On September 25 at the UN General Assembly session in New York City, President Trump met President Zelenskyy face-to-face. He also released the transcript of the July 25 call. The United States gave the Ukrainians virtually no notice of the release, and they were livid. Although this was the first time I had seen the details of President Trump’s July 25 call with President Zelenskyy, in which he mentioned Vice President Biden, I had come to understand well before then that “investigations” was a term that Ambassadors Volker and Sondland used to mean matters related to the 2016 elections, and to investigations of Burisma and the Bidens.

* * * * *

I recognize that this is a rather lengthy recitation of the events of the past few months told from my vantage point in Kyiv. But I also recognize the importance of the matters your Committees are investigating, and I hope that this chronology will provide some framework for your questions.

I wish to conclude by returning to the points I made at the outset. Ukraine is important to the security of the United States. It has been attacked by Russia, which continues its aggression against Ukraine. If we believe in the principle of sovereignty of nations on which our security and the security of our friends and allies depends, we must support Ukraine in its fight against its bullying neighbor. Russian aggression cannot stand.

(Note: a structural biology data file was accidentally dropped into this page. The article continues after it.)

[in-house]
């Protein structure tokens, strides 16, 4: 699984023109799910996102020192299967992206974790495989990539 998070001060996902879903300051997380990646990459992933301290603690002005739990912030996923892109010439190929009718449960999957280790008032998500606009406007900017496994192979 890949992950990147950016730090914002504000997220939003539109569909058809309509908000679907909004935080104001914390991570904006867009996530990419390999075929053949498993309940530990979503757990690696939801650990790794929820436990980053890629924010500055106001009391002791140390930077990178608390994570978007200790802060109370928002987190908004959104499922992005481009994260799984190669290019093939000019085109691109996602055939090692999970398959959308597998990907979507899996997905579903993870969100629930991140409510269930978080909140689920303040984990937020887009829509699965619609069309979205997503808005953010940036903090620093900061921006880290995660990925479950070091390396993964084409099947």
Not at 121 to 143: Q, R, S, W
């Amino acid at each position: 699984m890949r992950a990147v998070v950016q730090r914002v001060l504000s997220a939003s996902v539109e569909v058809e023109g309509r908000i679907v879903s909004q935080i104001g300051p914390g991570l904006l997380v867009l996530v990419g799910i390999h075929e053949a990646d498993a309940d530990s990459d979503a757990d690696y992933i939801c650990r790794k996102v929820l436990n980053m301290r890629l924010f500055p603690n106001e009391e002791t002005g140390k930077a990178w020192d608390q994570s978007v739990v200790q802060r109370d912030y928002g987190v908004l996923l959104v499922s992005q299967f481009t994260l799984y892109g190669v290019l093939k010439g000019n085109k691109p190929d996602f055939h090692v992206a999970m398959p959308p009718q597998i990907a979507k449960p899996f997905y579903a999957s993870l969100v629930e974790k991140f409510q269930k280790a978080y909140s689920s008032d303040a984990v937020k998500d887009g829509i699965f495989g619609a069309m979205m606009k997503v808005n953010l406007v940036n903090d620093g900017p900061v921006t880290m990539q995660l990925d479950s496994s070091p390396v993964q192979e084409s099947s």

There are two Ukraine stories today. The first is the one we are discussing this morning and that you have been hearing for the past two weeks. It is a rancorous story about whistleblowers, Mr. Giuliani, side channels, quid pro quos, corruption, and interference in elections. In this story Ukraine is an object.

But there is another Ukraine story — a positive, bipartisan one. In this second story, Ukraine is the subject. This one is about young people in a young nation, struggling to break free of its past, hopeful that their new government will finally usher in a new Ukraine, proud of its independence from Russia, eager to join Western institutions and enjoy a more secure and prosperous life. This story describes a nation developing an inclusive, democratic nationalism, not unlike what we in America, in our best moments, feel about our diverse country — less concerned about what language we speak, what religion if any we practice, where our parents and grandparents came from; more concerned about building a new country.